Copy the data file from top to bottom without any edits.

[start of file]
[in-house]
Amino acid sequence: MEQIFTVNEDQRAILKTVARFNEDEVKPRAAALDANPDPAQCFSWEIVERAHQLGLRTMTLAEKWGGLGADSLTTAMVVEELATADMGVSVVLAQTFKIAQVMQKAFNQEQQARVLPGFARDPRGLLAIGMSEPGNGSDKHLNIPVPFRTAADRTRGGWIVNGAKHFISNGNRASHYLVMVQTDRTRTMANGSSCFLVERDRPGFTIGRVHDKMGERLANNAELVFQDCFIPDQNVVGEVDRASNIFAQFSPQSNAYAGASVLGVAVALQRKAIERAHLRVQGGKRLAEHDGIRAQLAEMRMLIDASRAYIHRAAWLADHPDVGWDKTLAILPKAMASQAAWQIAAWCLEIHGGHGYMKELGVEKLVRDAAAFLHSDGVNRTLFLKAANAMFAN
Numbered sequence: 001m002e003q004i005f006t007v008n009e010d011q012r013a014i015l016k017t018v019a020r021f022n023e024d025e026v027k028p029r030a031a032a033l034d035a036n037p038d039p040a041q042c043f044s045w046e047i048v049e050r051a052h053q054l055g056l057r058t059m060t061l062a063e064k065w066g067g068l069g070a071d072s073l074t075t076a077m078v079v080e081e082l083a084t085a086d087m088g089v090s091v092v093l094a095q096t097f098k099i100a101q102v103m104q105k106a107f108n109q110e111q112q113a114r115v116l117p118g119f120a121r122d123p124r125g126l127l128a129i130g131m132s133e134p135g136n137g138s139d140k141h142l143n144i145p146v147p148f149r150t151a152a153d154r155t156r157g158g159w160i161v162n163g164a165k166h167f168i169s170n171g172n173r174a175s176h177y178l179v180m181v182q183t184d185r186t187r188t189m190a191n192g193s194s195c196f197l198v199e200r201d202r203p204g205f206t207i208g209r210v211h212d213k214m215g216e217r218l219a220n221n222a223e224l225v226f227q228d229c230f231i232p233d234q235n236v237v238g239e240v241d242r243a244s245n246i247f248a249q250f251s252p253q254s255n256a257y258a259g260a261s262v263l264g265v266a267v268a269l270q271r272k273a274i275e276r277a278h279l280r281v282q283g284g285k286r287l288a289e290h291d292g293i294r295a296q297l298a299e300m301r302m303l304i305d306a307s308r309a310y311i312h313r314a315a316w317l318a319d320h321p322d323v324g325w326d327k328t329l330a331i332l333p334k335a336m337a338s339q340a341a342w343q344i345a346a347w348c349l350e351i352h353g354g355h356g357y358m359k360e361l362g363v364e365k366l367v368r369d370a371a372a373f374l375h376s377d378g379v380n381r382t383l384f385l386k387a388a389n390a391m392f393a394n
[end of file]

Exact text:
[in-house]
Amino acid sequence: MEQIFTVNEDQRAILKTVARFNEDEVKPRAAALDANPDPAQCFSWEIVERAHQLGLRTMTLAEKWGGLGADSLTTAMVVEELATADMGVSVVLAQTFKIAQVMQKAFNQEQQARVLPGFARDPRGLLAIGMSEPGNGSDKHLNIPVPFRTAADRTRGGWIVNGAKHFISNGNRASHYLVMVQTDRTRTMANGSSCFLVERDRPGFTIGRVHDKMGERLANNAELVFQDCFIPDQNVVGEVDRASNIFAQFSPQSNAYAGASVLGVAVALQRKAIERAHLRVQGGKRLAEHDGIRAQLAEMRMLIDASRAYIHRAAWLADHPDVGWDKTLAILPKAMASQAAWQIAAWCLEIHGGHGYMKELGVEKLVRDAAAFLHSDGVNRTLFLKAANAMFAN
Numbered sequence: 001m002e003q004i005f006t007v008n009e010d011q012r013a014i015l016k017t018v019a020r021f022n023e024d025e026v027k028p029r030a031a032a033l034d035a036n037p038d039p040a041q042c043f044s045w046e047i048v049e050r051a052h053q054l055g056l057r058t059m060t061l062a063e064k065w066g067g068l069g070a071d072s073l074t075t076a077m078v079v080e081e082l083a084t085a086d087m088g089v090s091v092v093l094a095q096t097f098k099i100a101q102v103m104q105k106a107f108n109q110e111q112q113a114r115v116l117p118g119f120a121r122d123p124r125g126l127l128a129i130g131m132s133e134p135g136n137g138s139d140k141h142l143n144i145p146v147p148f149r150t151a152a153d154r155t156r157g158g159w160i161v162n163g164a165k166h167f168i169s170n171g172n173r174a175s176h177y178l179v180m181v182q183t184d185r186t187r188t189m190a191n192g193s194s195c196f197l198v199e200r201d202r203p204g205f206t207i208g209r210v211h212d213k214m215g216e217r218l219a220n221n222a223e224l225v226f227q228d229c230f231i232p233d234q235n236v237v238g239e240v241d242r243a244s245n246i247f248a249q250f251s252p253q254s255n256a257y258a259g260a261s262v263l264g265v266a267v268a269l270q271r272k273a274i275e276r277a278h279l280r281v282q283g284g285k286r287l288a289e290h291d292g293i294r295a296q297l298a299e300m301r302m303l304i305d306a307s308r309a310y311i312h313r314a315a316w317l318a319d320h321p322d323v324g325w326d327k328t329l330a331i332l333p334k335a336m337a338s339q340a341a342w343q344i345a346a347w348c349l350e351i352h353g354g355h356g357y358m359k360e361l362g363v364e365k366l367v368r369d370a371a372a373f374l375h376s377d378g379v380n381r382t383l384f385l386k387a388a389n390a391m392f393a394n